These references establish the fact that, in this culture, gender identity has become confused. This confusion is not restricted to gender identity; it also encompasses gender roles, and this confusion is not isolated to the culture but has infiltrated our churches. The purpose of this post is to serve the reader by asking and answering three questions:
- Are there functional or only physical differences between a man and a woman?
- If there are functional differences between a man and a woman, does that mean that men and women are not equal?
- Why does this matter to me and my church?
The place to look for answers is the scriptures, in particular Galatians 3:26-29:
For ye are all the children of God by faith in Christ Jesus. For as many of you as have been baptized into Christ have put on Christ. There is neither Jew nor Greek, there is neither bond nor free, there is neither male nor female: for ye are all one in Christ Jesus. And if ye be Christ’s, then are ye Abraham’s seed, and heirs according to the promise. (Emphasis added)
At this point it is important to understand that within Christendom in general and within local churches in specific, there exists a debate over gender roles. The opposing positions are the complementarian and the egalitarian view of gender roles in the home and the church. Those particular terms may not be popularly used, but their positions are followed. Here are their definitions.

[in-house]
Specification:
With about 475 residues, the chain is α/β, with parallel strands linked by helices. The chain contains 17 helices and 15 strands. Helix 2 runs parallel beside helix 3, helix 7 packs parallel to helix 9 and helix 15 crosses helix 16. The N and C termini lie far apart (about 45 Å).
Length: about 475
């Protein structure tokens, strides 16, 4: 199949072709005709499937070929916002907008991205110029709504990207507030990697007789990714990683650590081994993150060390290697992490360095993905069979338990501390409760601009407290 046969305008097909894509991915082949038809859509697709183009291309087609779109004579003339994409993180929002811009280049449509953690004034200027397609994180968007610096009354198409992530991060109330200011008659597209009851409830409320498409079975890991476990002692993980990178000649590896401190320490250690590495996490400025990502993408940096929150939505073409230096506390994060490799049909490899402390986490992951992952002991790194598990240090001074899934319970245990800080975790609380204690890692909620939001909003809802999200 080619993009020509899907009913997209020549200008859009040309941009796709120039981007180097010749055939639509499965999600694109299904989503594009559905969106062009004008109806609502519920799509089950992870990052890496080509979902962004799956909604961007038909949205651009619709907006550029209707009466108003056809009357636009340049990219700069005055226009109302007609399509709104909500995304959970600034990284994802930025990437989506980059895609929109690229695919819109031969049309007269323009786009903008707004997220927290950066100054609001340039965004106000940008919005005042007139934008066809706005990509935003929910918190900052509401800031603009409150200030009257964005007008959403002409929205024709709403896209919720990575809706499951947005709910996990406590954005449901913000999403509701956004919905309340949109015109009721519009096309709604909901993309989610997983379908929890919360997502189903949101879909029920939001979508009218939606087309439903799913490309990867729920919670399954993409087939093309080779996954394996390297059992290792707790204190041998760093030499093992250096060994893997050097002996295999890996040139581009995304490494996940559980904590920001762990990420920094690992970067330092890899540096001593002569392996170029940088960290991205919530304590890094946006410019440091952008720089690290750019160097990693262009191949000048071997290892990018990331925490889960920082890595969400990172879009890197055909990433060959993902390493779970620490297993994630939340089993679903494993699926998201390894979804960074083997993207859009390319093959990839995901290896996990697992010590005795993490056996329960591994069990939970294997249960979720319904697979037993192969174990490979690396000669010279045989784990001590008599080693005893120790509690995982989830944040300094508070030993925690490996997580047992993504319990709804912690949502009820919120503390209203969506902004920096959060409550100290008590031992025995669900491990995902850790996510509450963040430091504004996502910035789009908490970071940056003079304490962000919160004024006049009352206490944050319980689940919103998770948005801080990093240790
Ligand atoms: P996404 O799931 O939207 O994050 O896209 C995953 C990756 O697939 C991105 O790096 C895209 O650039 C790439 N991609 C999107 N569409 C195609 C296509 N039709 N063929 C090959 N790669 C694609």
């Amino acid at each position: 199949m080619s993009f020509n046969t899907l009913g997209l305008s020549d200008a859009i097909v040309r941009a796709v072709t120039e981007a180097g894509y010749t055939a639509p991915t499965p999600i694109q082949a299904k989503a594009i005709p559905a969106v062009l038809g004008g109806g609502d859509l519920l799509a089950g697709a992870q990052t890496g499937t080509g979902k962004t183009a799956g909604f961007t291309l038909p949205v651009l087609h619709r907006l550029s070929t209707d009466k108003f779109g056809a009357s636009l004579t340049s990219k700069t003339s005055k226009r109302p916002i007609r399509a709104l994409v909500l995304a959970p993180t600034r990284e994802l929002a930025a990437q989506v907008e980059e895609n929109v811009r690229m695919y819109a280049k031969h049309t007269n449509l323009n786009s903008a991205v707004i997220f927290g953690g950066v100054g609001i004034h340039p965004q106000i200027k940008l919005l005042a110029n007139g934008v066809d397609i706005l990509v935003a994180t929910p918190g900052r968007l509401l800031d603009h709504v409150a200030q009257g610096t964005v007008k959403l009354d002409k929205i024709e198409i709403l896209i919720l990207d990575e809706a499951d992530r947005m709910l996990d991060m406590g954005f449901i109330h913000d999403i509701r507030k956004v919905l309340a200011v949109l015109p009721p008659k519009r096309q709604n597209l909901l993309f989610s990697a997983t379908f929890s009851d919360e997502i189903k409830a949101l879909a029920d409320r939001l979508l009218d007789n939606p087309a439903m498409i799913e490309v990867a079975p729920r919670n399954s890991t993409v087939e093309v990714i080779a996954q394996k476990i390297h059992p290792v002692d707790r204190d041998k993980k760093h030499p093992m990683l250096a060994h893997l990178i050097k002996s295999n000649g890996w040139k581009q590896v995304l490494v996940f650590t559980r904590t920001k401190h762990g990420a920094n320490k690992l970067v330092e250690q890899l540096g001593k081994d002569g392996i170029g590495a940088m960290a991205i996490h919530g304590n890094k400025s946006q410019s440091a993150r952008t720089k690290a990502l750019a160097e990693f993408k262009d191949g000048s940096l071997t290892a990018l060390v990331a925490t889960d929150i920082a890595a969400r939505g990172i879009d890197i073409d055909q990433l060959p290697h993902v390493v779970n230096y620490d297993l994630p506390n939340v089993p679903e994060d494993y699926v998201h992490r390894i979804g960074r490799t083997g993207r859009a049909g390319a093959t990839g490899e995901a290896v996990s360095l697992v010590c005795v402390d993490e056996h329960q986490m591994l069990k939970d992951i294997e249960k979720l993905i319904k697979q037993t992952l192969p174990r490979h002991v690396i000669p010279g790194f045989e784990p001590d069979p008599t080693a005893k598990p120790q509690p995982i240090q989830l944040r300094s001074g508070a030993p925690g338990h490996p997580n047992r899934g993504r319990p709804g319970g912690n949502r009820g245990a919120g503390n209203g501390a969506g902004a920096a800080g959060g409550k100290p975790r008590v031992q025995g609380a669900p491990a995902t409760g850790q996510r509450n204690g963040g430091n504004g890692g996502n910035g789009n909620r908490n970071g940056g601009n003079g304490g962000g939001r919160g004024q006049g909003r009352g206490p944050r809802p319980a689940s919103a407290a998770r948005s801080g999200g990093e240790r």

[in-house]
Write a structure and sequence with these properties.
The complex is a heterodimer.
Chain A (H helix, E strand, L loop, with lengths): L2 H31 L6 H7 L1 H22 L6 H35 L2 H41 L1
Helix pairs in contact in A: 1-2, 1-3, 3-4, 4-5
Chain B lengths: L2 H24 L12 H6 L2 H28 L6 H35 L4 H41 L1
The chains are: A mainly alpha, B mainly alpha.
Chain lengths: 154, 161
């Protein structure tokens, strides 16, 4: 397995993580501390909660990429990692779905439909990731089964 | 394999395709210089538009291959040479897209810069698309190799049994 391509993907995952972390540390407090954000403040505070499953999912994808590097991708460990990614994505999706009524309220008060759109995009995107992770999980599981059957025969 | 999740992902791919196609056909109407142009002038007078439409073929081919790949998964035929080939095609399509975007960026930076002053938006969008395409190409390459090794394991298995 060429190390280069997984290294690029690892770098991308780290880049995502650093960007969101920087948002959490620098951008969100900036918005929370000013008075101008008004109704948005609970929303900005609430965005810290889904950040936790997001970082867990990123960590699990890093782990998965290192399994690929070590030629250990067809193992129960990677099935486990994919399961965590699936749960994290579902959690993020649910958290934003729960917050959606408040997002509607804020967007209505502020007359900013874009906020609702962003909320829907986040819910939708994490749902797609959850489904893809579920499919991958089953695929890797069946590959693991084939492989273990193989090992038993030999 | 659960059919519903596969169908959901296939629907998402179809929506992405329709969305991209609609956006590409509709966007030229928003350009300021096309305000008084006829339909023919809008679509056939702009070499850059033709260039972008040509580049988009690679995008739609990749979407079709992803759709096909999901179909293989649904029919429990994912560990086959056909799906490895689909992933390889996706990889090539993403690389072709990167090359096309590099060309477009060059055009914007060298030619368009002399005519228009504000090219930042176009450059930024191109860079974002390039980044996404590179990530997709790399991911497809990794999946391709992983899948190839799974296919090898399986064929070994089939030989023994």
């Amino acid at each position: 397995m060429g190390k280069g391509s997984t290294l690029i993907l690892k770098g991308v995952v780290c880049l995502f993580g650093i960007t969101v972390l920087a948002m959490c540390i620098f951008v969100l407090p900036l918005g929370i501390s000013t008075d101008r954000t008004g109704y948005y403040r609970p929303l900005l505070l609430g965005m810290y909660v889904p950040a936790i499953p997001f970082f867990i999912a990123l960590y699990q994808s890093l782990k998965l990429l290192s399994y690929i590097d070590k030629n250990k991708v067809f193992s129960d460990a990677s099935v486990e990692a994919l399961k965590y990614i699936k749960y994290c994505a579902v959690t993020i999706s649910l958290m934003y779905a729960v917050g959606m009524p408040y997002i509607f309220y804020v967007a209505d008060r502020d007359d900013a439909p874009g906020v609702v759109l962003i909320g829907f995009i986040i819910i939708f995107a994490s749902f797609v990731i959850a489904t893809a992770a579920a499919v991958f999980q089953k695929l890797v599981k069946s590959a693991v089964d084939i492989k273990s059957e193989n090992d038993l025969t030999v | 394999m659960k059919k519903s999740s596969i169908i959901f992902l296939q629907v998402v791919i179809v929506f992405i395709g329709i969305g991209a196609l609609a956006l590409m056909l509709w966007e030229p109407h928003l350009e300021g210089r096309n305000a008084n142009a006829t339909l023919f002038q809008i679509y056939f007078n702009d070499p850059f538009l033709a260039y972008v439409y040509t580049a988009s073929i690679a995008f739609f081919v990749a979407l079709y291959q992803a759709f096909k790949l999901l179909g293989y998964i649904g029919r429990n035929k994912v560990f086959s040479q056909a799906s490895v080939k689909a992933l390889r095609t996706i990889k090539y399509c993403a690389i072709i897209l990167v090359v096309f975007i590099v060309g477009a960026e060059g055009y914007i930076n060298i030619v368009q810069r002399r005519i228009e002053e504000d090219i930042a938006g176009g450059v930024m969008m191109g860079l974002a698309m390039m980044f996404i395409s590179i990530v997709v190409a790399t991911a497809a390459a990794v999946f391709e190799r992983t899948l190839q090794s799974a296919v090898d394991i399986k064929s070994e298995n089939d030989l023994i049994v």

- Complementarians believe that men and women are created in the image of God; equal in their essential dignity and personhood. By God’s good and glorious design men and women have distinct, complementary roles in the home and the church. God has assigned to husbands self-sacrificial leadership in the home, and wives a joyful and respectful embrace of that leadership. God has also called qualified men to the burden and responsibility of self-denying leadership in the church, and the entire congregation to respect and submit to their leadership.
- Egalitarians believe that God created men and women equal in all respects, and that no functional distinction exists, only physical distinctions. Male and female roles and functions are interchangeable both in the home and in the church. Male hierarchy in the home and church is a result of the Fall.
Basically egalitarians are Christian feminists. The most vocal proponents of egalitarianism cite Galatians 3:28, “There is neither Jew nor Greek, there is neither bond nor free, there is neither male nor female: for ye are all one in Christ Jesus”; as the primary proof text for their position.
For instance, the web pages of Christians for Biblical Equality states that CBE is an organization of Christians “who believe that the Bible, properly interpreted, teaches the fundamental equality of men and women of all ethnicities and all economic classes, based on the teachings of scripture as reflected in Galatians 3:28.”
Rebecca Groothuis, in her 1997 book Good News for Women: A Biblical Picture of Gender Equality, writes, “Of all the texts that support biblical equality, Galatians 3:26-28 is probably the most important.” David Scholer, professor of NT at Fuller Theological Seminary has written that Galatians 3:28 is “the fundamental Pauline theological basis for the inclusion of women and men as equal and mutual partners in all of the ministries of the church.”
Did Paul use Galatians 3:28 to teach the negation of gender specific roles? Is Paul teaching that there exists no distinct, functional difference between men and women? Come back in two days for my answer. Feel free to chime in until then.